For Clifton, a Crows supporter, Randall’s versatility and courage are key traits she aspires to implement in her own game. There is plenty of time to work on just that, though the Year 12 student is also juggling her studies and work during the week.

While working towards Randall’s standard, Clifton also has some valuable mentors in her corner. She cited her parents as a “huge support”, as well as the South Adelaide coaches, including Ryan Skouborg who has been alongside her from back in the development squad days.

Draft day (July 27) will have proven a longer wait for Clifton than many others, considering she did not return to the SANFLW fold after Round 8. She is was of many South Australians vying for higher honours, in a talent-stacked pool.

Draper more than the third wheel in promising Panthers trio

THE South Adelaide Panthers boast the most promising junior footballing trio in South Australia in 2021.

Pick one candidate Jason Horne has spent the past couple of seasons matching it with the SANFL’s best at League level and ball-magnet Matthew Roberts appears a strong chance to join him in the first round of the National Draft.

But Arlo Draper has been on the radar of AFL recruiters for as long as Horne and Roberts, with the teenaged Panthers standing out at club and state level since bursting onto the scene as Under 16s.

Hailing from the Willunga Football Club in South Australia’s acclaimed McLaren Vale region, Draper has compiled an impressive resume of his own.

Recruiters and scouts from across the country have high hopes for Draper, whose class, one-on-one strength and considerable upside has seen him also pegged in as a likely first round selection.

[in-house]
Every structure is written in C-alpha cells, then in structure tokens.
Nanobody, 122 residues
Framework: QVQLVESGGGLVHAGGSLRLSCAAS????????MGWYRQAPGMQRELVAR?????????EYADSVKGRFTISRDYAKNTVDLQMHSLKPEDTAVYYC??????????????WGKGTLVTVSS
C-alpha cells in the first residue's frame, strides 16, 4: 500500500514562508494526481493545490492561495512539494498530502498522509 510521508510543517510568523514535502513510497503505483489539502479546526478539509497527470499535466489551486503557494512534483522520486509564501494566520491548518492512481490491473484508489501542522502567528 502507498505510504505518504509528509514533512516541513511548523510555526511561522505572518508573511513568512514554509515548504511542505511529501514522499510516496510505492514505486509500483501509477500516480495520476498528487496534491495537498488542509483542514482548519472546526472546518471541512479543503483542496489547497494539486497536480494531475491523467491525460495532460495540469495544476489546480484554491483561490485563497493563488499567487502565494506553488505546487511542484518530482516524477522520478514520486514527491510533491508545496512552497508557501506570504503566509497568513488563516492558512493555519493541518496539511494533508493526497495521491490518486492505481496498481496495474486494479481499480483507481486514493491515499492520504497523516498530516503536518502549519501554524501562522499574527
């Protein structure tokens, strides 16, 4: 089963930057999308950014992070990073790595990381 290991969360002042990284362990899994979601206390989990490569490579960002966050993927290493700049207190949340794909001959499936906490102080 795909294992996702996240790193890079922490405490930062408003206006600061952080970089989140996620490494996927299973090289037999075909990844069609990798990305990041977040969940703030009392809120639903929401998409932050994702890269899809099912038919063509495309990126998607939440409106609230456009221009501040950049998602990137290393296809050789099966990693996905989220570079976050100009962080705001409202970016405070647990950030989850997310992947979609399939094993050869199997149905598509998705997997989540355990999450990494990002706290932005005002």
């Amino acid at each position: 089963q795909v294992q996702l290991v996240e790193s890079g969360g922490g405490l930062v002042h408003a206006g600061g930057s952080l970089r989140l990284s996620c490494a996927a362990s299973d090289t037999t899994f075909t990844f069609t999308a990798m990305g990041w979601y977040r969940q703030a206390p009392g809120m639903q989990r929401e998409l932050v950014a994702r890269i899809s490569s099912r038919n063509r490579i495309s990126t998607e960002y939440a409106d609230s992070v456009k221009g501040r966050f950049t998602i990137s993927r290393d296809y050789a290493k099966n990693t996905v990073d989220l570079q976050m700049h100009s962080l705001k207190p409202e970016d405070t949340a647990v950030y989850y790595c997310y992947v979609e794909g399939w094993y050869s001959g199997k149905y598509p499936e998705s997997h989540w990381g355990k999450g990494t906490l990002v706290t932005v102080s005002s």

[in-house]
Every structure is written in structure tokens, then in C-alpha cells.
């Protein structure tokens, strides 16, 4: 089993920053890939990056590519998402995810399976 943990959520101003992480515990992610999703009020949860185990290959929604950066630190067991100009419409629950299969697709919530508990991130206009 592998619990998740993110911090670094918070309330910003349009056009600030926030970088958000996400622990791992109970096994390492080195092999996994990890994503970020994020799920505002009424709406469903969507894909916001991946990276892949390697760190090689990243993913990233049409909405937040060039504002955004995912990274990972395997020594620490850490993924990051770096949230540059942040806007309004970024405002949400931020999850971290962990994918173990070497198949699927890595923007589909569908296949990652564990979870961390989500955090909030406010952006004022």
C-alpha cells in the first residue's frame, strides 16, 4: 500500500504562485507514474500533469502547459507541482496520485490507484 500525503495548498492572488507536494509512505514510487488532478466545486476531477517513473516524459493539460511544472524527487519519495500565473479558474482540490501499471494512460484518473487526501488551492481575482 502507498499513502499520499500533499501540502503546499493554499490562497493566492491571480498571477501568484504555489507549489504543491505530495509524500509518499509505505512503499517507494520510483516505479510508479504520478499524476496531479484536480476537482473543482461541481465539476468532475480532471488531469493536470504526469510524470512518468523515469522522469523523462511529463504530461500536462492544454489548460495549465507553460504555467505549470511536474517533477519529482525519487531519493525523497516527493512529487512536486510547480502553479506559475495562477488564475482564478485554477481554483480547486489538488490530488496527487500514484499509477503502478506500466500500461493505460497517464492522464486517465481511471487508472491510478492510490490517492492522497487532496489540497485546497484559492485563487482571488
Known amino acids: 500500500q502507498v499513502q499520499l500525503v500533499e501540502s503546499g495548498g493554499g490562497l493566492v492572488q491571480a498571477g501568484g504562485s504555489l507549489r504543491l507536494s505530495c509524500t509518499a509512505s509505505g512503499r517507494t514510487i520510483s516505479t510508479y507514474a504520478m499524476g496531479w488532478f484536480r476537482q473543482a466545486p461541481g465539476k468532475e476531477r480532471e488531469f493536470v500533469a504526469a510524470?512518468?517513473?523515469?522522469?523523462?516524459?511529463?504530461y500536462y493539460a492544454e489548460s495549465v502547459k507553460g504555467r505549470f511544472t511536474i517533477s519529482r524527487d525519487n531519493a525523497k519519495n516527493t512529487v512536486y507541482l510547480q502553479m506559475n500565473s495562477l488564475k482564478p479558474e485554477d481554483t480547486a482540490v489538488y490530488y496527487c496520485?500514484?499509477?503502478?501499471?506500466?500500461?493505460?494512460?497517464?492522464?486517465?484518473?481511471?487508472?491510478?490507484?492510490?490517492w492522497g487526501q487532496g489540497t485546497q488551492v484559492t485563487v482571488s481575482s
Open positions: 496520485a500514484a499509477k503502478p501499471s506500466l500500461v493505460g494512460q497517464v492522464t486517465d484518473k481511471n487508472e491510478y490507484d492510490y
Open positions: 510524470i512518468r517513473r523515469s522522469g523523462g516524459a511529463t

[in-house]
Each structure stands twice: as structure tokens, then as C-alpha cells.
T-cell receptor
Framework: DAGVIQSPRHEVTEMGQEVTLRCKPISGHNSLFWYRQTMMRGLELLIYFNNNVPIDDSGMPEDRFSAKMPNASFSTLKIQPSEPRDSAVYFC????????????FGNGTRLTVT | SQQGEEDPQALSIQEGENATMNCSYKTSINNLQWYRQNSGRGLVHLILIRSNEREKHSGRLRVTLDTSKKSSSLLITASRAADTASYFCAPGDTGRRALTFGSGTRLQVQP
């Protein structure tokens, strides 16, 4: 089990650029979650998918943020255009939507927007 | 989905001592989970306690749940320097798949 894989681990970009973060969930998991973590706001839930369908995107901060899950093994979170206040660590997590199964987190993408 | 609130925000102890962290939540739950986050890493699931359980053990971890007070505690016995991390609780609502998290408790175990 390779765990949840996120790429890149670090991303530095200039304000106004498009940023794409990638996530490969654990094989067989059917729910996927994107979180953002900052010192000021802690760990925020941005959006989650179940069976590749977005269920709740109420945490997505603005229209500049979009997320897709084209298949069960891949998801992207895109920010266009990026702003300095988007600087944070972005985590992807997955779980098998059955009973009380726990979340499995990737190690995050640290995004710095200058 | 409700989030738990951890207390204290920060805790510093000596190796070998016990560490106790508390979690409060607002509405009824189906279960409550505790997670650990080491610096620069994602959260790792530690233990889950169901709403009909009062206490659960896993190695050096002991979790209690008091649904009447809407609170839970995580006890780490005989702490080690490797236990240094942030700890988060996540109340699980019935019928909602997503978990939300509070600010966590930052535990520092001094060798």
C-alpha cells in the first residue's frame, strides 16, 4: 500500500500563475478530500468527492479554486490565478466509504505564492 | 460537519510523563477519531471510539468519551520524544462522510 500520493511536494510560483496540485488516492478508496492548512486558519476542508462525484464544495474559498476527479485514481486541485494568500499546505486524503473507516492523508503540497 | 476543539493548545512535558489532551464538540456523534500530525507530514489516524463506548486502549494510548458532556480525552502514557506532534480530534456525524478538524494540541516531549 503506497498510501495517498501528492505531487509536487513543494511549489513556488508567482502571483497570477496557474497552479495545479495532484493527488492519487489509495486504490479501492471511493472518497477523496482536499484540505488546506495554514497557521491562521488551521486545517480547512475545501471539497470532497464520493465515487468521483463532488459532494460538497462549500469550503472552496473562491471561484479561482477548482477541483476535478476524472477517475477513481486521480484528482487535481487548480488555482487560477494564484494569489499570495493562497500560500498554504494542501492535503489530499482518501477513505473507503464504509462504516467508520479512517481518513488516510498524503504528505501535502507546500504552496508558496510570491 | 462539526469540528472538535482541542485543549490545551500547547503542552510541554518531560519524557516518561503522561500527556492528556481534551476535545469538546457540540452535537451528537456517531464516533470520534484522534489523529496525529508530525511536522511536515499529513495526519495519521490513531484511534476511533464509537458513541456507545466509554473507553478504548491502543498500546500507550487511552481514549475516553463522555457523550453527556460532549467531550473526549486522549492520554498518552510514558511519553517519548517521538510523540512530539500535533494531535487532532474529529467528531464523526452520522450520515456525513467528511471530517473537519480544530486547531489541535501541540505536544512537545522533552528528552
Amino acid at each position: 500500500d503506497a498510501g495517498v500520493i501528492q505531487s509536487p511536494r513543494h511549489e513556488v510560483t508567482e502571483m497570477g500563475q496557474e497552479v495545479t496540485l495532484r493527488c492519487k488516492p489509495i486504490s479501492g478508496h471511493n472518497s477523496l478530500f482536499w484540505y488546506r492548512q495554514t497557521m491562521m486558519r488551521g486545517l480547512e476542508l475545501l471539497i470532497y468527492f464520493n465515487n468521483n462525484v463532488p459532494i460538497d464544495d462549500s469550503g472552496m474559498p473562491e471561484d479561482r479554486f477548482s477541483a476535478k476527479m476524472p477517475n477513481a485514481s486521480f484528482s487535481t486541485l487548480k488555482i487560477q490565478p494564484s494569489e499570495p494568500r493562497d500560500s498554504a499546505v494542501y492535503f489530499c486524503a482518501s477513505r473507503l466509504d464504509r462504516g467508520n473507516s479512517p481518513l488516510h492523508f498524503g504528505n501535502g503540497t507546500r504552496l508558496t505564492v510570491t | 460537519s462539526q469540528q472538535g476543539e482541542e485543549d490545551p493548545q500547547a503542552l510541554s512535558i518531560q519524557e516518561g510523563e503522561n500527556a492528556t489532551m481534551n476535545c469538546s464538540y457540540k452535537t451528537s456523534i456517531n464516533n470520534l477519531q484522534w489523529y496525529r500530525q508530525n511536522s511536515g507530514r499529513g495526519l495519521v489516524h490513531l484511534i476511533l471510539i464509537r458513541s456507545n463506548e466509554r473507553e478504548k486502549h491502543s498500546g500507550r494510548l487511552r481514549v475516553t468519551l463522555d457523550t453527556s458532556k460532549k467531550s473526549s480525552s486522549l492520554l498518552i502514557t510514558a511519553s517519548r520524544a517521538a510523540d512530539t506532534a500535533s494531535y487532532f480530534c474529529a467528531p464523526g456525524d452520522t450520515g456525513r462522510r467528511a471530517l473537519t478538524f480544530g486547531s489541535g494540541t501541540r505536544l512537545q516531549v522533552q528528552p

“I’m a fairly unique type of player,” Draper said. “I move well and tend to make good decisions and I also have the ability to play anywhere on the ground.

“I think I have some similarities with Connor Rozee in regards to his speed, agility and forward prowess.”

Away from the footy field, Draper describes himself as a “relaxed kind of guy” who loves watching a good movie.

“I like to consider myself somewhat humorous, but that’s debatable I’m sure,” said the on-baller.

Although he has spent the past month sidelined with a high ankle sprain sustained whilst training in June, Draper earned a promotion to the Reserves earlier in the year after proving a class above the Under 18 competition.

“I’ve really enjoyed the season so far, I’ve been playing pretty consistent footy with the Under 18s which has been great,” Draper said.

A consistent ball-winner throughout the year, Draper’s standout game of the season to-date came in South Adelaide’s narrow three-point triumph over Central Districts at Flinders University Stadium, in Round 4 of the SANFL Under 18 competition.

Draper started the game in the centre square, winning his fair share of contested ball and proving a handful at stoppages, before coach Mark Clayton shuffled the magnets and sent him to the goal-square.

He flourished up forward, easily outmuscling his direct opponent and reading the flight of the ball well to take a couple of strong marks in attack, finishing the game with 24 disposals, three goals, four marks (two contested), six clearances and five inside 50s in a match-winning display. It saw him elevated to the Reserves just a couple of weeks later.

“I’ve loved getting a bit of exposure to the senior program,” Draper said. “I’ve found that I transitioned pretty comfortably. I know a fair few of the boys in the ressies so having those connections has helped.